Reading Jonathan Swift’s “The Drapier’s First Letter (to the shop keepers, tradesmen, farmers, and common people of Ireland, concerning the brass half-pence coined by Mr. Woods),” I came across an apparent discrepancy or confusion.
Written in 1724, Swift’s anonymous letter objects to the English imposition of this debased currency, noting that Mr. Wood had procured a patent to coin £108,000 in copper half-pence pieces. The Wikipedia article on Mr. Wood notes that the patent licensed him to coin this sum from 360 tons of copper at 30 pence to the pound (lb.). In the Eighteenth Century, the metal value of coins was not much less than the nominal value of the coins themselves. A Swift put it:
the halfpence and farthings in England pass for very little more than they are worth. And if you should beat them to pieces, and sell them to the brazier you would not lose above a penny in a shilling.
But Mr. Wood made his halfpence of such base metal, and so much smaller than the English ones, that the brazier would not give you above a penny of good money for a shilling of his;
So I tried to do the math. 360 tons x 2000 lbs per ton x 30 pence per pound (lb.) = 21,600,000 pence. Since there were 240 pence to the pound sterling (£), this seemed to be only £90,000. I double checked all my sums. Confirmed that 12 pence to the shilling x 20 shillings to the £ = 240 pence per £. (For an American like me, the use of pounds avoidupois (lbs.) to weigh the copper versus the pound sterling (£) was an added confusion. But it was clear that the “30 pence to the pound” referred to the number of coins to be obtained from one pound (lb.) of copper, i.e. sixteen ounces or 454 grams, if you like.)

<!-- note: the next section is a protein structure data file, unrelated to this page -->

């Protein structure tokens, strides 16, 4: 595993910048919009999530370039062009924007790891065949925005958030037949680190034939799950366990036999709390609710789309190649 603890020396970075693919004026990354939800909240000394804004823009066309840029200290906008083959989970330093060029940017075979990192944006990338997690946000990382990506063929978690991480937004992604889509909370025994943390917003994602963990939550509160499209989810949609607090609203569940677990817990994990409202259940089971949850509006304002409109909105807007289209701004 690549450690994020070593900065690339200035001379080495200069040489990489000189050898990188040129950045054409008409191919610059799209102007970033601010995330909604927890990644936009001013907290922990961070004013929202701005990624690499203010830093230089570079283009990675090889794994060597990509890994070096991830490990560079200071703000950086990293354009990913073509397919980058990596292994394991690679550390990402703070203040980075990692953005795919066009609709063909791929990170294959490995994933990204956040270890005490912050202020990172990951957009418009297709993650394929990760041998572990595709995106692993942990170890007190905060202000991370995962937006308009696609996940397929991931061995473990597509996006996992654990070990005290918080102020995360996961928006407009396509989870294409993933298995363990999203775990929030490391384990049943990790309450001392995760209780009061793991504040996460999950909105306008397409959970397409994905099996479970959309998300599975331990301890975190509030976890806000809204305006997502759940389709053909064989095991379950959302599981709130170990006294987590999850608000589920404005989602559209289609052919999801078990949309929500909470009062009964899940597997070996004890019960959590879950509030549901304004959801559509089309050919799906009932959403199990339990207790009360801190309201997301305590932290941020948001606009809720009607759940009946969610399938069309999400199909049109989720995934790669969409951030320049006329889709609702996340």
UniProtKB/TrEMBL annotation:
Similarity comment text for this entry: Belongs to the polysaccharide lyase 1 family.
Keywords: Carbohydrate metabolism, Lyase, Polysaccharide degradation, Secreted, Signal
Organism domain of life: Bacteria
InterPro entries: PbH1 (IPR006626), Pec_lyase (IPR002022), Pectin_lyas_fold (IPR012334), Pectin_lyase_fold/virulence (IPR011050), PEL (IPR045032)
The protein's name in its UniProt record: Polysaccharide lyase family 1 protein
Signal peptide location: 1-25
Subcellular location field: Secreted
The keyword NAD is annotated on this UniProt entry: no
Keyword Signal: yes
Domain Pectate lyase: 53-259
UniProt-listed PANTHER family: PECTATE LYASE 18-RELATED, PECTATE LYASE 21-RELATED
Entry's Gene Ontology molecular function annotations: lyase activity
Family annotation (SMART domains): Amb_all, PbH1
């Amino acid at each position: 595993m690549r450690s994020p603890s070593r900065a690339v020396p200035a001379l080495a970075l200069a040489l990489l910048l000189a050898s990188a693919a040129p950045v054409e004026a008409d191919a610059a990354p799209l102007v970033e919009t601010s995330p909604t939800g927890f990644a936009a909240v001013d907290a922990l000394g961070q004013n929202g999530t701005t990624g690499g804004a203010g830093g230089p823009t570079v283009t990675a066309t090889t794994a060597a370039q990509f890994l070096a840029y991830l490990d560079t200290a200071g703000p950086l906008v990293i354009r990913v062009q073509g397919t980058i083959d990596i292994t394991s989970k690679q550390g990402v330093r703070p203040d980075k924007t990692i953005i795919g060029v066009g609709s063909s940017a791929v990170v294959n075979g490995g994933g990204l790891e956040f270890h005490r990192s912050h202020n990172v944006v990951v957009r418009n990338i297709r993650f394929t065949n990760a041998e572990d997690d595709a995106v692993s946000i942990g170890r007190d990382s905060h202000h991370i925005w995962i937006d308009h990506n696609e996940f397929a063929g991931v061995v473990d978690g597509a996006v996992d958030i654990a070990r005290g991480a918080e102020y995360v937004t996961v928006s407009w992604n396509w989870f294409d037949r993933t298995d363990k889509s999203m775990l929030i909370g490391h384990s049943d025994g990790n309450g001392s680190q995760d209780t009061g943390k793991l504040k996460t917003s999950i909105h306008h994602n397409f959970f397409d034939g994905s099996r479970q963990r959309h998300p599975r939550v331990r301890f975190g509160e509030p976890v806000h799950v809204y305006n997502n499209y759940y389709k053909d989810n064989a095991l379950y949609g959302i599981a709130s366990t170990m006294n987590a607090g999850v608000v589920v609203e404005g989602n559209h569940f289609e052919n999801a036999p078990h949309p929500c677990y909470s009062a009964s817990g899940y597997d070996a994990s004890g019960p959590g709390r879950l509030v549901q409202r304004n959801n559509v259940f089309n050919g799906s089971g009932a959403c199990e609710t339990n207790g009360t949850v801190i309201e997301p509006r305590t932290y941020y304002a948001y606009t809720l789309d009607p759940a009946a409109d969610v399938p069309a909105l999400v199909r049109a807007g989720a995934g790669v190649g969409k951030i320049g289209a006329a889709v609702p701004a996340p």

Then it hit me, English tons, or “long ton,” per Wikipedia article on the ton, noted that there were 2240 pounds to the long ton, used in pre-metric U.K. and other Commonwealth countries, other than the U.S. and Canada. I dimly recalled the notion of s different “ton,” and the number “2240” also seemed familiar. I re-did the arithmetic, 360 x 2240 x 30 / 240. That equalled 100,800. “Oh, somewhere the 8 got moved around.” Nope. Double-checked the articles and my math. There was no transposition anywhere. WTF?
I even consulted this 1903 book on the Coinage of William Wood, by Philip Nelson. It confirmed everything described above, but shed no light on the discrepanacy.
How did he get £108,000 from 360 tons of copper, at 30 pence per pound? It did not add up.
Finally, with more Googling and reference to the O.E.D., I discovered that iron, and presumably other metals like copper, were measured with a “longweight” ton, equal to 2400 pounds (lbs.). And yes …
360 x 2400 x 30 / 240 = £108,000.
As an aside, Nelson book points out that Woods’ coinage was only about 25% debased, compared to English coins circulating at the same period. Swift’s claim that the coins were grossly debased was a great exaggeration. Nonetheless, in politics and public opinion, the appearance can be greater than the reality. Not unlike the Stamp Acts and Tea Act in the American colonies, Wood’s coinage was perceived as another example of high-handed English exploitation. While there were many, many instances of exploitation in England’s 700 year domination of Ireland, this was (in fact) one of the least.